Saturday, 31 July 2010

Double standards?

A couple of interesting news stories have caught my eye this week.

Seventeen years ago, the horrific
James Bulger killing sent waves of shock reverberating round, making people wonder how on earth two young boys could be capable of anything so wicked. They were both given new names and identities before being released on licence in 2001, but in a disturbing recent development, it's been revealed that one of them - Jon Venables - has just been sentenced after pleading guilty to having childporn on his computer. Describing it rather ineptly as "breaking the last taboo", he's made quite a few people wonder whether he didn't do that back in 1993 and appears to have learned nothing since? Either way, the trial judge is convinced that his new identity and whereabouts must continue to be kept secret for fear of retaliation.

And as if to reinforce the point that there are people ready and willing to retaliate with their own brand of rough justice, Ian Huntley, of
Soham murders fame (or should one say infamy) is reported to be suing the prison authorities for negligence after having his throat slashed by a fellow-prisoner. Given his notoriety, it's something that could and should have been foreseen - the only question now being whether his claim for compensation is legitimate or not. Perhaps understandably the victims' organizations are appalled, but I was impressed by the comment made by the Prison Reform Trust: "If a court sentences someone to custody, they are not sentencing them to be attacked."

The pitfalls of vigiliante justice are all too obvious.

Sunday, 25 July 2010

"It's Kool to go back to Skool"

I'm not too sure now how I originally came across this -but it's a school-finder website that goes by the name of My Home Town Schools, and at first sight seems to be a bit of a clone of Friends Reunited but on a much smaller scale: the vast majority of the schools listed don't (as yet) have any ex-pupils, and the database is for the most part limited to schools currently in existence. Which is odd, because they boast "we have 1000s of old long forgotten schools listed many with old photos going back to the Victorian / Edwardian era"? Nevertheless, I thought I'd submit the details and get my old school added, and was impressed when I got an email earlier this evening to say it was up.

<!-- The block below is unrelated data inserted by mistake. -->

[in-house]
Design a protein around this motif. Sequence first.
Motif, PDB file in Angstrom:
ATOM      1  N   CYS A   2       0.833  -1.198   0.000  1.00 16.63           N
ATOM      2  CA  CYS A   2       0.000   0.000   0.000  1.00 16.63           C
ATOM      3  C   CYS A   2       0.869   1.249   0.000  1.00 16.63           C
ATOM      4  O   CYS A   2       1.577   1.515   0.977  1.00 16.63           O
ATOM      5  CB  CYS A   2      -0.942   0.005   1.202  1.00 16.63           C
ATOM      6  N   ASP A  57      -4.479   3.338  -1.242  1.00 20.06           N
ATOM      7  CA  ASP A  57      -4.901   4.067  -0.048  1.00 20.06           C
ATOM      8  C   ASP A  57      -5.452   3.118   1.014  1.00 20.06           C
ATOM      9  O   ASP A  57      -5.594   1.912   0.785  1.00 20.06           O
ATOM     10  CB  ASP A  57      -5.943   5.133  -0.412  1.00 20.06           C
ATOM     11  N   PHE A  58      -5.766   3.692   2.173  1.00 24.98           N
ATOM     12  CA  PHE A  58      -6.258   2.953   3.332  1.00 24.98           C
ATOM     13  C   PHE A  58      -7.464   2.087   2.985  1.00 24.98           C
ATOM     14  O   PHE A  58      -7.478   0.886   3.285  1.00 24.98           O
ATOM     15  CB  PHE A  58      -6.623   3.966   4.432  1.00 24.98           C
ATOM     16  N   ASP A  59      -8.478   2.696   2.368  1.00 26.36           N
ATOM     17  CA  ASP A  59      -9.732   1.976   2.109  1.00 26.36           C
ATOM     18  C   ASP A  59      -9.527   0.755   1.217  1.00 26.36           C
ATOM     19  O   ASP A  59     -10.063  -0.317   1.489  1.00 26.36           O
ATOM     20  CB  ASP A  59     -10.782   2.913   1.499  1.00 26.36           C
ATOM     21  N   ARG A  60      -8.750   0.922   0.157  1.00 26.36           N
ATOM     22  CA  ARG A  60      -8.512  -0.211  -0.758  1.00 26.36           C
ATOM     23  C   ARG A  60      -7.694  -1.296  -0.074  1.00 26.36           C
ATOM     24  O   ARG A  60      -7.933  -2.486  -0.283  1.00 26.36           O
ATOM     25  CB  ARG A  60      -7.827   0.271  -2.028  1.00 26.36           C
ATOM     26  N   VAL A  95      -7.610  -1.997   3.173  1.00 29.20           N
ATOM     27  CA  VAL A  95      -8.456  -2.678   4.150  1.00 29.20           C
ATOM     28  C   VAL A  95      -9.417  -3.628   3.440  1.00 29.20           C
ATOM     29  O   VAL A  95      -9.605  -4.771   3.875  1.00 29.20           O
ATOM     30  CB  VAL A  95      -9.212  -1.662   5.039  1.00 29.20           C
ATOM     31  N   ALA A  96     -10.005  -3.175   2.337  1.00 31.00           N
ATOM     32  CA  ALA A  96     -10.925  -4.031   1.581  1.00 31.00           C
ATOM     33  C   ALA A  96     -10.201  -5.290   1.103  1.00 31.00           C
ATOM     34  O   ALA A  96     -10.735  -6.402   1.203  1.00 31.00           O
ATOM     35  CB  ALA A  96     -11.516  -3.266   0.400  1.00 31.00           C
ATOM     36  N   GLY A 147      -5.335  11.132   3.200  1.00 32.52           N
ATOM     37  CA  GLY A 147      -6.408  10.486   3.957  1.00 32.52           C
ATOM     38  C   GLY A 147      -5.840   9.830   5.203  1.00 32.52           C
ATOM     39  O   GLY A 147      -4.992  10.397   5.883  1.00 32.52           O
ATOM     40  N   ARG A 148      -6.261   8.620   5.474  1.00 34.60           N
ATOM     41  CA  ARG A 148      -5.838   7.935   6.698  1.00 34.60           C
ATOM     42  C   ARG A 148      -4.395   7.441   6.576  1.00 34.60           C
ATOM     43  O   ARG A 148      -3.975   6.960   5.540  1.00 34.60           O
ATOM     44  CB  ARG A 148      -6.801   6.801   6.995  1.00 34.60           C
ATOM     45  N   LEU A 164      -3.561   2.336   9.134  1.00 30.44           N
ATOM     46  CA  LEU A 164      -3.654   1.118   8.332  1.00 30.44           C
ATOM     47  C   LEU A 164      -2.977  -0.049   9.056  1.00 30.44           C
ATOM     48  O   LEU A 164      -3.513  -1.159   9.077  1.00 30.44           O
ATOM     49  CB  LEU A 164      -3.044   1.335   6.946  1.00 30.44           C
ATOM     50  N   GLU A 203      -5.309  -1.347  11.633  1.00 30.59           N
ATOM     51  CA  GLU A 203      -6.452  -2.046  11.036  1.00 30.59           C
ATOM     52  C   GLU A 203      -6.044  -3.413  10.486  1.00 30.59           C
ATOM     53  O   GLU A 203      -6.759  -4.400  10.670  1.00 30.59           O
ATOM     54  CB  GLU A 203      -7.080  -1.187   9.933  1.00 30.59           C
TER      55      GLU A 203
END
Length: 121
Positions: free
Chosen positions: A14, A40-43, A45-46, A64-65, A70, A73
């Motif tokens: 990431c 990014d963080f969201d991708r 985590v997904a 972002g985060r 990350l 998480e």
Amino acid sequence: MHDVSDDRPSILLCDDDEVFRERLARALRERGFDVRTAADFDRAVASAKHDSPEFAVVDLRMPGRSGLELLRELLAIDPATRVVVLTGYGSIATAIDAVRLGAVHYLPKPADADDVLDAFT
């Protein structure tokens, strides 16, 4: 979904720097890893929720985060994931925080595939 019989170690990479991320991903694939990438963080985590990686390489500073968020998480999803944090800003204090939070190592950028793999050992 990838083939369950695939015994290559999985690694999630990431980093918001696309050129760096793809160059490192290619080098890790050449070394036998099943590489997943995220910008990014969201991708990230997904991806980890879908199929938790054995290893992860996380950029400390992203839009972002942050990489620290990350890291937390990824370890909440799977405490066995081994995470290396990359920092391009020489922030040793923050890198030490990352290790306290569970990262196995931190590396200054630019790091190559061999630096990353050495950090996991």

It was quite easy to register and knock up a quick profile: submitting photos and messages requires them to be moderated, though (unlike Friends Reunited), so I'll be interested to see how long that takes: I can't imagine they're inundated with submissions to check out. I would suspect the whole site may be relatively new, in fact. I'm not expecting to get any long-lost friends turning up from it, but they were understandably keen to get a mention or a link in peoples' blogs or websites, so I'm happy enough to oblige here!

Saturday, 24 July 2010

Three generations

I heard the sad news this week that my next-door neighbour has passed away. They've been living here about as long as we have - roughly thirty-five years - and we've got on well, often having a chat about this or that over the garden fence. She'd been losing the battle against cancer for over eighteen months, in and out of hospital a few times and having to give up first work and then her car, so I guess it wasn't totally unexpected. When her son, who still lives only just over the road, came over to tell me the news, he was putting a brave face on it: nevertheless the death of a wife or mother is always a painful loss however it occurs.

I was about his age - 40 - when my mother died. I went totally to pieces and I don't know to this day how I got through that week between her death on the Monday and her funeral on the Friday: nothing had prepared me for it. Perhaps I was lucky (or unlucky according to how you look at it) but I'd never experienced the death of anyone close to me.

My grandparents had both died while we were out in Hong Kong. We couldn't go to their funeral: I don't really remember how my mother coped with it, but knowing her I suspect she shielded me from much of her sorrow. In those days, air travel was an unaffordable luxury and the flights with stopovers would've taken a couple of days each way. Even international phone calls were prohibitively expensive, leaving airmail letters (or telegrams, if the message was both brief and urgent) as the only method of keeping in touch.